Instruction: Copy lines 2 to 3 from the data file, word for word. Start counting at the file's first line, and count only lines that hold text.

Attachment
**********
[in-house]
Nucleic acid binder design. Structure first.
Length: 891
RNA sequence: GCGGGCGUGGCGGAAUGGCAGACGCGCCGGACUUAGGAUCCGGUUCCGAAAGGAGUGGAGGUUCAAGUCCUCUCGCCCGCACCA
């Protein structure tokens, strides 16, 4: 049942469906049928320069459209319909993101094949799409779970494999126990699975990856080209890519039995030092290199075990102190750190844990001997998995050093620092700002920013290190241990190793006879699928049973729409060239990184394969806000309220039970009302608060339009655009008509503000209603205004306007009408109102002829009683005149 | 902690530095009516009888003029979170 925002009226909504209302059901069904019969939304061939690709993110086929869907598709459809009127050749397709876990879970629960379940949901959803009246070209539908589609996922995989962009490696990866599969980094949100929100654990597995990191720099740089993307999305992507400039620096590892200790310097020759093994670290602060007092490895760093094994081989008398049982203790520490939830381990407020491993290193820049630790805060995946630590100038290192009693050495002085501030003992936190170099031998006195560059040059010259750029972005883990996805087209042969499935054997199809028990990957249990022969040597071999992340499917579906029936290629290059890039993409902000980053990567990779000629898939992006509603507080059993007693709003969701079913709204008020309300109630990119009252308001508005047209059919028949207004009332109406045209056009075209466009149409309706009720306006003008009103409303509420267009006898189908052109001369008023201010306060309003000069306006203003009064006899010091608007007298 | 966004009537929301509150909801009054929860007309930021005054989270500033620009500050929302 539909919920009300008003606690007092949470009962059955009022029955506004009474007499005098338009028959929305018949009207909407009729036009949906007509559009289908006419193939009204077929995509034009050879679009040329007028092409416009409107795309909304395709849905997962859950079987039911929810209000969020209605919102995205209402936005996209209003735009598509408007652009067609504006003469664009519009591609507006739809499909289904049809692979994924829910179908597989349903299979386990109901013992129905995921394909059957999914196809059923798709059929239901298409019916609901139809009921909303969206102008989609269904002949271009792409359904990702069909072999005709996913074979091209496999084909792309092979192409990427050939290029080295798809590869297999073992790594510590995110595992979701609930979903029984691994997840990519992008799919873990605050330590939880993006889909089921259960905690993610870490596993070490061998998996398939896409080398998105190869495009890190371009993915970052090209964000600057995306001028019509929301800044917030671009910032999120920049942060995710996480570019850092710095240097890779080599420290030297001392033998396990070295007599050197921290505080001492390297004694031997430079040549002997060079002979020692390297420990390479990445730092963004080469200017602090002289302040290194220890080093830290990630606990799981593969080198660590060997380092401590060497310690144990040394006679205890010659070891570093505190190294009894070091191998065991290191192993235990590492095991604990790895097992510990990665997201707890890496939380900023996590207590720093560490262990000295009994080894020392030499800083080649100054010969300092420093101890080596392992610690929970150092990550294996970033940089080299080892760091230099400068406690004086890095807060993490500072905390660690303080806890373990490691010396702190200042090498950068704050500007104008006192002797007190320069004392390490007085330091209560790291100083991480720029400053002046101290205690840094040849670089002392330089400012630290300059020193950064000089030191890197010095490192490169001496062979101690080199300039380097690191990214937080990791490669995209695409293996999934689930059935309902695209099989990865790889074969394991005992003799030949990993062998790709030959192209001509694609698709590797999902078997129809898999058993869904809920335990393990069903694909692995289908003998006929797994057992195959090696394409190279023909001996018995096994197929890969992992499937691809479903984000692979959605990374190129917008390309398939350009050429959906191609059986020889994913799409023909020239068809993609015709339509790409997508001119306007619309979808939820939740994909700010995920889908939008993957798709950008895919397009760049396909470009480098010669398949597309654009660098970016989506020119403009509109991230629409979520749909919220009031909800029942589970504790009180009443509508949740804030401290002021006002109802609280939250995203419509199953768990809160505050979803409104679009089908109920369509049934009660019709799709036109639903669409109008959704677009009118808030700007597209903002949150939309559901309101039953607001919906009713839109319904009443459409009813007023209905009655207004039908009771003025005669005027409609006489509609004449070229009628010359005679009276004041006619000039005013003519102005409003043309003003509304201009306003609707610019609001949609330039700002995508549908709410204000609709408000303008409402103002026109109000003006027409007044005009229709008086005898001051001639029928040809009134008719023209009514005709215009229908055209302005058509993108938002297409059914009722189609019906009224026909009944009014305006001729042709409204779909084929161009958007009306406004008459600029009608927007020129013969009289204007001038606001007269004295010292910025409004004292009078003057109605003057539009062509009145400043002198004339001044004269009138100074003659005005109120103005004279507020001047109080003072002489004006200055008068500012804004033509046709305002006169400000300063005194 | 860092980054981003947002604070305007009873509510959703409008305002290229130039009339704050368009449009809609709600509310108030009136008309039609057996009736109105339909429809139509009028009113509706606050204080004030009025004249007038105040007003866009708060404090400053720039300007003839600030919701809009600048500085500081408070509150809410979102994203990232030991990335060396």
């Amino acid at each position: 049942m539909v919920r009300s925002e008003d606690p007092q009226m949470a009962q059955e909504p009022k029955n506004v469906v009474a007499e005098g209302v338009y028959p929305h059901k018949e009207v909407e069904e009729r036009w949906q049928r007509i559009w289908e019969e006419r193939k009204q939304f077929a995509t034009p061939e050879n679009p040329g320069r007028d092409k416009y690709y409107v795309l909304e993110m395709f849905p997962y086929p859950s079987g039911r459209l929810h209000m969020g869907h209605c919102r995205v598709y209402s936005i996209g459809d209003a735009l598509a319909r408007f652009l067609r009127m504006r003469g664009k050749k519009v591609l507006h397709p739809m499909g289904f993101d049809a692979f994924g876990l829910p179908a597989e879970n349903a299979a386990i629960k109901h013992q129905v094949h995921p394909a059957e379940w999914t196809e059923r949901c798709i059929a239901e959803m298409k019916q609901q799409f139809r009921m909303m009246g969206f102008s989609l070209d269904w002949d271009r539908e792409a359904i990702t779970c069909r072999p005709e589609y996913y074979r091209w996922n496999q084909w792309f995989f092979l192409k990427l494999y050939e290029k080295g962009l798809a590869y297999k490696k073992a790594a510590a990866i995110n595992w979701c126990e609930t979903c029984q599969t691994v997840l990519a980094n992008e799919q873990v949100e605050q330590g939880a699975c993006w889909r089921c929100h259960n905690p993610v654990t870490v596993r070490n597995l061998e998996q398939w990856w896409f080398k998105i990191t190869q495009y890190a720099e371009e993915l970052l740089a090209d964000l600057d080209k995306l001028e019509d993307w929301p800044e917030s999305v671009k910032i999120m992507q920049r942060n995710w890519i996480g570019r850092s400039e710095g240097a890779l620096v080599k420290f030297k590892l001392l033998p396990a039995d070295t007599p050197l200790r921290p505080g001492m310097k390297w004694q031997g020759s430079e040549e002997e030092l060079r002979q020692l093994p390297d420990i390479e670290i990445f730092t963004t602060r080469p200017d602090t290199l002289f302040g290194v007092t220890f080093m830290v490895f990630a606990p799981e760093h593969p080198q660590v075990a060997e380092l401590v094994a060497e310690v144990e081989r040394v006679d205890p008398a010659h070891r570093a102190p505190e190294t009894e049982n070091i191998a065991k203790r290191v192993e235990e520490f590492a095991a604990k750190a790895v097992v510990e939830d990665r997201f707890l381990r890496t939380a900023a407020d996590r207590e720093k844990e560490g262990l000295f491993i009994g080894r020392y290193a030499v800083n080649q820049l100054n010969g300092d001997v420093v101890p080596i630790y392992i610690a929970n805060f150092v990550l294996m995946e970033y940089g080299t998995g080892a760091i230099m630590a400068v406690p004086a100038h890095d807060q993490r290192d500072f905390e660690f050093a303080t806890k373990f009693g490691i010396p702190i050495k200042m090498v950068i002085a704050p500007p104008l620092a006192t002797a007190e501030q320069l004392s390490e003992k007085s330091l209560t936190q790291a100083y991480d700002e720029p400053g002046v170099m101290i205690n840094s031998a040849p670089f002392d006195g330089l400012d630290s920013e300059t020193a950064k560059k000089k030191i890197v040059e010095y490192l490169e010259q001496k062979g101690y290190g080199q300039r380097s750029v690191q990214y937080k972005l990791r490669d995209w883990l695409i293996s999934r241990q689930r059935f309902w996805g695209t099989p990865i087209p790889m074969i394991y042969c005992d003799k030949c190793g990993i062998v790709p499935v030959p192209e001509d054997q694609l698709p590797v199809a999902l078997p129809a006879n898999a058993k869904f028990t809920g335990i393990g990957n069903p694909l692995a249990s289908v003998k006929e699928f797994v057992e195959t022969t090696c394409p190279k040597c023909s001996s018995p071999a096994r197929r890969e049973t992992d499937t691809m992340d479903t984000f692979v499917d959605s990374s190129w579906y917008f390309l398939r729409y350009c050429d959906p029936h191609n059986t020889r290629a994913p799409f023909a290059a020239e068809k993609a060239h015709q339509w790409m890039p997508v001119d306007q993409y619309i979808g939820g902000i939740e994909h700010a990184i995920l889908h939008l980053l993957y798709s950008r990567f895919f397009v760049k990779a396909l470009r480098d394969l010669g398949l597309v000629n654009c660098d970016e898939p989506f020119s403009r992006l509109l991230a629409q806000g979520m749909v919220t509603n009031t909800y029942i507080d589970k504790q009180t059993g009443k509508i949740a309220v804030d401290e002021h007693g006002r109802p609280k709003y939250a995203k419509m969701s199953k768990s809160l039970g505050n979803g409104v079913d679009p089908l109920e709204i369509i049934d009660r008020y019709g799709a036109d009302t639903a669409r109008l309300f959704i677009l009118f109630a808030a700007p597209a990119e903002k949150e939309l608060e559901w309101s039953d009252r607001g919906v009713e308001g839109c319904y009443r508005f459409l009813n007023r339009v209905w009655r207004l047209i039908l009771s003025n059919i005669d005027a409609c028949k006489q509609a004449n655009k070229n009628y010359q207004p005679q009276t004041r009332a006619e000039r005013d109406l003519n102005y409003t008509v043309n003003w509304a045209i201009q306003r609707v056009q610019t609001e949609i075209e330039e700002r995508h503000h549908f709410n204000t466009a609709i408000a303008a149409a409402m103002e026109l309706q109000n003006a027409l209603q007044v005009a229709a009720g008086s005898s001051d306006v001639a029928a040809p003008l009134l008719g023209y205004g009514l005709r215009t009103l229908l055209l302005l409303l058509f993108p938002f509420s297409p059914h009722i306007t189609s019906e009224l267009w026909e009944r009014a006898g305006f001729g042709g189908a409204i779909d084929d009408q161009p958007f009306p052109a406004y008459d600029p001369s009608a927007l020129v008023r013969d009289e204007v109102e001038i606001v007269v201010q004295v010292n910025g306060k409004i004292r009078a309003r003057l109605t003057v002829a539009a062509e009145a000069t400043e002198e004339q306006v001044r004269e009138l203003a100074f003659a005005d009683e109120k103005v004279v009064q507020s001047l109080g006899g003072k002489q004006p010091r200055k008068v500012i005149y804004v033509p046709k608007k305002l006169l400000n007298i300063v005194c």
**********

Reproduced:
Nucleic acid binder design. Structure first.
Length: 891